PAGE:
Most analysts and journalists still draw a sharp distinction between the production of oil and gas from conventional fields and from unconventional resources such as shale. The reality is more complex.
In practice it is not easy to tell where conventional petroleum production ends and unconventional production begins. In assessing how quickly shale and other unconventional petroleum resources will be developed, location matters.
Large shale resources in countries which are already major conventional producers and exporters may not have much impact on oil and gas availability: the shale accumulations may end up "queued" behind a long line of conventional projects as the host nation restricts resource development to support prices.
By contrast, shale accumulations in countries which are net importers and/or have few conventional supplies of their own look set to be developed much more quickly.
Unconventional oil and gas resources are often located in the same sedimentary basins as conventional oil and gas fields. In many cases, the shale or tight rocks which are targeted by horizontal drilling and hydraulic fracturing were the original source for the oil and gas found in more conventional reservoirs.
Petroleum geologists talk about a "total petroleum system" (TPS) that includes all the essential elements (source, reservoir, seal and overburden rocks) and processes (generation, migration and accumulation) linked to a particular source of oil and gas.
A total petroleum system will normally include both discrete accumulations of oil and gas in conventional pools, reservoirs and fields, as well as more extensive "continuous-type accumulations" in shales and tight rocks ("The total petroleum system: the natural fluid network that constrains the assessment unit" U.S. Geological Survey, 2000).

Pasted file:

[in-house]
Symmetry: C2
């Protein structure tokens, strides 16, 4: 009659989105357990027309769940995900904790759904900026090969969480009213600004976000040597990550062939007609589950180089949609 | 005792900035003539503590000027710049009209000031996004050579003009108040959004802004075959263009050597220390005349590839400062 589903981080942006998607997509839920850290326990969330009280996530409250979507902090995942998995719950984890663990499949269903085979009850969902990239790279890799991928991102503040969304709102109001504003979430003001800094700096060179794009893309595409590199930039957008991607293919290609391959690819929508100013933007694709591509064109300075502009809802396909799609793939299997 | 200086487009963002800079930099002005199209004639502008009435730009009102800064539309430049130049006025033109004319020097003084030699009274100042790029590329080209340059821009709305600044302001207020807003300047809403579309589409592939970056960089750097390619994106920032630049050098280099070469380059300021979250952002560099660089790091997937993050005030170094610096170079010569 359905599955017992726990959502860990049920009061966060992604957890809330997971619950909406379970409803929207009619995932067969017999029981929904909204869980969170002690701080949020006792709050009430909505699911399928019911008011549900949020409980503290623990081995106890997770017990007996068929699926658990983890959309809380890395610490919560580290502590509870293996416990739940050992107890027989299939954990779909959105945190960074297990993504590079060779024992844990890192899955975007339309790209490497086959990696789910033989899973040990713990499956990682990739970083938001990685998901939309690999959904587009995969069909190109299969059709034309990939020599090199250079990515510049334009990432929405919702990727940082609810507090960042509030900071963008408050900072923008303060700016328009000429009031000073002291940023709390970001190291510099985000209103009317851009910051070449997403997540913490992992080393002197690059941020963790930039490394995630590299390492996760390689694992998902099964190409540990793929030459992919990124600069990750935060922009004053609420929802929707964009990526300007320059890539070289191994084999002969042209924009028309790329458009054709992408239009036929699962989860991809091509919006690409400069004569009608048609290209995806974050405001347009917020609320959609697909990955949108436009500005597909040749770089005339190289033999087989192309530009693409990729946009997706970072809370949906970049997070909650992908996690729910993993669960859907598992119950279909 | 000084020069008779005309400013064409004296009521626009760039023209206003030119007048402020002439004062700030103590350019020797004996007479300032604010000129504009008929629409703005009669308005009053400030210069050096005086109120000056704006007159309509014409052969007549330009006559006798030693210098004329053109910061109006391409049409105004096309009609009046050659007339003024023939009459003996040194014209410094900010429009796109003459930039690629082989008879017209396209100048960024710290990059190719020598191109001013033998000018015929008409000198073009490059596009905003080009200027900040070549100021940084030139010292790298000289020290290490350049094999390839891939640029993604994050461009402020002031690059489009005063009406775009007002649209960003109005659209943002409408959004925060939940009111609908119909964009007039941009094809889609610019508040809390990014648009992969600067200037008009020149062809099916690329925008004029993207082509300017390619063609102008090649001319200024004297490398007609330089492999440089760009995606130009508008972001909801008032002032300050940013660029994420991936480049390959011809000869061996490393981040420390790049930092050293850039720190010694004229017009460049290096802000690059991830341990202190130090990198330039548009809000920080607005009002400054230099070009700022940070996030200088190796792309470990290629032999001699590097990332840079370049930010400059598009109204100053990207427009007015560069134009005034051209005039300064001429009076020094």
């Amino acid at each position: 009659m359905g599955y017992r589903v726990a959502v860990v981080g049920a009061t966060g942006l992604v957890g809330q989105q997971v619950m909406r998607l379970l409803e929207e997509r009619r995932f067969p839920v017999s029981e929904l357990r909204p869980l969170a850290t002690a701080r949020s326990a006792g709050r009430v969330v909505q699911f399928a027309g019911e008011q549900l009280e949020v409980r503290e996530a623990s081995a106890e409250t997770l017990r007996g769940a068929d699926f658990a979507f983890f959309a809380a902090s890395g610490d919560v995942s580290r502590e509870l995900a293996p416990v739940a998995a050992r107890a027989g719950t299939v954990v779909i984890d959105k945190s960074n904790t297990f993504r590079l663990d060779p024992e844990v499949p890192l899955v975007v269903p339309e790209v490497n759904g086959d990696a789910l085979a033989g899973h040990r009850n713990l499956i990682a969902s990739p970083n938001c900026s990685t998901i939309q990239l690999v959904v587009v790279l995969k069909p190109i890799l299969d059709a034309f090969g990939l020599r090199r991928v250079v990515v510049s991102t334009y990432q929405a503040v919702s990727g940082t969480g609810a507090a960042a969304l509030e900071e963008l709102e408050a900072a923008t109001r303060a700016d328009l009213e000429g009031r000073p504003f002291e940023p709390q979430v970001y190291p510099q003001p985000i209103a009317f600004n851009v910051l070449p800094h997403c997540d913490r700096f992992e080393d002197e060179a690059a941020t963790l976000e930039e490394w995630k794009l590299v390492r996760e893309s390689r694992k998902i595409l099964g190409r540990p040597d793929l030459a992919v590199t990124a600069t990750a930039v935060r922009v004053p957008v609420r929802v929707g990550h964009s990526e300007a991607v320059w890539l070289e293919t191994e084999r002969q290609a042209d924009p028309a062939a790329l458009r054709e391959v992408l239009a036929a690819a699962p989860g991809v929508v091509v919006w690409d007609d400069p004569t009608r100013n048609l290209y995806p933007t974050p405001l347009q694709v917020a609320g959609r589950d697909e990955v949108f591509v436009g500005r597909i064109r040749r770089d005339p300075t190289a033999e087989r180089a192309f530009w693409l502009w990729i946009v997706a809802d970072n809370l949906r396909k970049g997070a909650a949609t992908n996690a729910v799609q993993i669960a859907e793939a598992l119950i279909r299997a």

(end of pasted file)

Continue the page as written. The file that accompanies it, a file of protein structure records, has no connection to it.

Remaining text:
For decades, North Dakota produced millions of barrels from wells drilled into conventional oil accumulations found in the Madison and Lodgepole formations. But the source of that oil was probably the Bakken and Three Forks formations, which are continuous-type accumulations, and are now being targeted directly by fracking firms.
The result is that much of the prospecting for shale oil and gas is occurring in areas that have already produced conventional oil and gas. Frackers have turned their attention to the Anadarko Basin beneath Oklahoma and Kansas, areas that have been producing substantial quantities of oil and gas for a century.
Argentina's enormous Vaca Muerta shale formation is thought to be the source for several conventional oil fields in the region. China's Sichuan basin, which is highly prospective for shale gas, has been the home of the country's conventional gas industry for thousands of years.
The North Sea is also thought to contain substantial quantities of unconventional petroleum.
The main difference between conventional and unconventional accumulations is the ease with which oil and gas flows through the formation. Geologists measure this permeability in Darcy units. Permeability for the giant carbonate and sandstone reservoirs of the Middle East is a thousand times or more than for shale formations.
Until the advent of horizontal drilling and hydraulic fracturing, there was no way to extract oil and gas in commercial quantities from low-permeability rock formations such as shale. But by creating a network of tiny fissures in the rock formation, hydraulic fracturing can enable oil and gas to flow through rocks that were formerly impermeable.
However, it is important not to overstate the differences between conventional and unconventional production. Conventional oil and gas producers regularly use hydraulic fracturing, acidizing and other treatments to stimulate production from wells.
Hydraulic fracturing treatments have been performed more than a million times in the United States since 1947, in most cases on "conventional" oil and gas wells, according to the National Petroleum Council ("Prudent Development: Realising the Potential of North America's Abundant Gas and Oil Resources" 2011).
Old and New Industries
The U.S. Energy Information Administration (EIA) estimates there are 6,622 trillion cubic feet (tcf) of technically recoverable shale gas resources in the United States and 32 other countries.
To put this in perspective, the world's proven resources of (conventional) natural gas are about 6,600 tcf, and total technically recoverable resources are roughly 16,000 tcf, so shale gas extends the conventional resource base by 40 percent ("World Shale Gas Resources: An Initial Assessment of 14 Regions Outside the United States" Apr 2011).